Black People Can Be Gentrifiers


Gentrification is a loaded term. So in this case Merriam-Webster got it right. The definition provides meaning that is stripped of socially assigned subtext.

According to Merriam-Webster, gentrification is: The process of renewal and rebuilding accompanying the influx of middle-class or affluent people into deteriorating areas that often displaces poorer residents. Adhering strictly to that definition, I am contributing to the gentrification of Crown Heights, Brooklyn – as a black man. I was not born or raised middle-class, but I am now, having earned close to $70,000 in my most lucrative year at the age of 25.

When I set eyes upon the one-bedroom apartment that would end the oft over-exaggerated “epic” struggle of apartment hunting in New York City, it was inhabited by a family of five. They were nice enough to show me around the space, detail its shortcomings, and offer the remaining oxtail from dinner. I displaced that family to live in my preferred state of solitude. It seemed the mother and father sorely needed both their incomes to live there and support three elementary school-aged children. At $1,300 a month, my rent is more than the proverbial drop in a bucket to me, but I am not struggling to pay it (even as a “poor” graduate student).

Crown Heights has a dominant Caribbean and West Indian diaspora. There is also a history of tension with the nearby Hasidic Jewish community. With no known Caribbean or West Indian heritage, I have no connection to either side.  I often feel more like an adrift outsider than a resident. I hugged the outside of sidewalks and walked in the street to render myself nonexistent during the West Indian Day Parade. I remind myself that I have no right to be annoyed when I can’t understand a word of my super’s Patois-laden English. I enjoy the unifying exasperation of post-office dealings that take no less than an hour and a half.

This is where the main ingredient of race is added in society’s gentrification recipe and it begins to stink up the metaphorical kitchen. While Webster resists the urge to conflate, we as a society do not. Just as urban decay was characterized by white flight, gentrification is strongly associated with minority displacement. But am I committing a lesser crime than white “gentrifiers” because I can camouflage? No. I should not be judged with leniency in this situation or intolerance in another solely based upon the color of my skin. The acute guilt spawned from not even thinking about where or how the family I displaced is living tells me so.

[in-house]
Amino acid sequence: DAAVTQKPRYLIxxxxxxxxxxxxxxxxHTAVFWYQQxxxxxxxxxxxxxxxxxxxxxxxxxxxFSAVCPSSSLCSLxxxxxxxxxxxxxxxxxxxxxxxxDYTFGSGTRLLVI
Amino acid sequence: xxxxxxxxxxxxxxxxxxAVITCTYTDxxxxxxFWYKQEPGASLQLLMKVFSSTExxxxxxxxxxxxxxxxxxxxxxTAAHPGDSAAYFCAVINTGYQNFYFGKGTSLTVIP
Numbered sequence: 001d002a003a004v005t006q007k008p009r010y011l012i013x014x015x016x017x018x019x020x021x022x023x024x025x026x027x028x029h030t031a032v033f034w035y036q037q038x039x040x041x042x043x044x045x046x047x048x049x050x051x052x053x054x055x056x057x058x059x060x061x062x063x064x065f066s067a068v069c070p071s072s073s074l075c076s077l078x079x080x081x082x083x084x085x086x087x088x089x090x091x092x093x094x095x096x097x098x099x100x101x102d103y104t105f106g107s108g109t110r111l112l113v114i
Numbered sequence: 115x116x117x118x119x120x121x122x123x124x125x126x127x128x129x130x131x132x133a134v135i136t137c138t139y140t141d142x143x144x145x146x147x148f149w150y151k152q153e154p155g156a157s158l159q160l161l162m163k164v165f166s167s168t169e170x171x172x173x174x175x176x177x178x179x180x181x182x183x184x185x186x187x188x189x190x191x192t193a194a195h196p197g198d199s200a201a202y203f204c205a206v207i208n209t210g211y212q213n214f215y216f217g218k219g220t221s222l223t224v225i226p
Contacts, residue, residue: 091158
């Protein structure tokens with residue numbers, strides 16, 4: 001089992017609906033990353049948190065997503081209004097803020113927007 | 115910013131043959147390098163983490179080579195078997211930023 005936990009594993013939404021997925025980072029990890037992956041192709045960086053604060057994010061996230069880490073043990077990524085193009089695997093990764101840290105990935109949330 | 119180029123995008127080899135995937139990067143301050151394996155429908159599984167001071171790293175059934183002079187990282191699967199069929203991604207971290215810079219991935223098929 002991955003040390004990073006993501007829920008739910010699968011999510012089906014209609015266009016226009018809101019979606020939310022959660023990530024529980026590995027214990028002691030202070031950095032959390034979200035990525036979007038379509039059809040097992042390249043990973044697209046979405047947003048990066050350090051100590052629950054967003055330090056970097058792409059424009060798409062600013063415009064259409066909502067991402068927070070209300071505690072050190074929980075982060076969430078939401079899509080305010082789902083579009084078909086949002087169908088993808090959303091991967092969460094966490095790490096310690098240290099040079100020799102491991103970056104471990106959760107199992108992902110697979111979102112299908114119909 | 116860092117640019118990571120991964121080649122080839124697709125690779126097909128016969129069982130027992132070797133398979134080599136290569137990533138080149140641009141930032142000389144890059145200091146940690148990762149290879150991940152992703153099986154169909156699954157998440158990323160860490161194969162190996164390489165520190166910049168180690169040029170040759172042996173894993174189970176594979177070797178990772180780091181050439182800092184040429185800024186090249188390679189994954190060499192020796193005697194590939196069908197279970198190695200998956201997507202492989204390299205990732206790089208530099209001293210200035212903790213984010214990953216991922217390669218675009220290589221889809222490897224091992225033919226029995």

So the answer to the question posed in the title is yes, and it’s simple because gentrification is solely an issue of class. Race is tied to gentrification because a grossly disproportionate number of America’s poor are people of color, but other people of color can displace their fellow minorities just as any white person can. The true issue lies in why the poverty imbalance has and continues to persist.

Our obsession with race in America constantly contaminates our judgment and distracts from the true issues at hand, extending far beyond gentrification. Young black men absolutely don’t deserve to be killed in the streets by police departments all over the country sworn to protect them, but the fact that any individual can be killed by police is the problem. Personal bias, whether it manifests as racism, sexism, elitism, etc., cannot be completely eradicated, but the changes in law enforcement policy, or gun control legislation, or whatever system that can prevent bias from being acted upon will not be addressed due to preoccupation with race.

The specific issue is actually irrelevant – whether it is gentrification, law enforcement policy, employment policy, or what have you – it is our everyday thought process that requires adjustment. Black people are accused of “using the race card,” invoking racial issues where they do not belong, but people of all colors are guilty of having the card in the deck. Race is the primary informant of identity, and is often preeminent as a filter of thought in guiding our interactions. This is true of individuals of all colors. We often apply racism to situations unknowingly because it is accepted as simply existing and persisting beyond our control. This mode of thinking must be transcended.

The exigency for a collective elevated consciousness regarding race should be treated as an epidemic, yet it is reduced to the innocuity of the common cold which people can continue to work and live through. Many people will not admit that they have the slightest racist tendencies, and while having thoughts driven by racial motivations and not acting on them is commendable, can we go a step further and interrogate ourselves about why we have those thoughts?

As possible solutions go, I am no philosopher. I am not a respected cultural critic. I am no legislator or politician. I am also not solely a black man who built an immunity to the digestive acids in the belly of the beast known as “the inner city.” I offer myself as a man who stepped outside of his mind's allegorical cave for once and saw how ugly and unsettling the shadows truly are.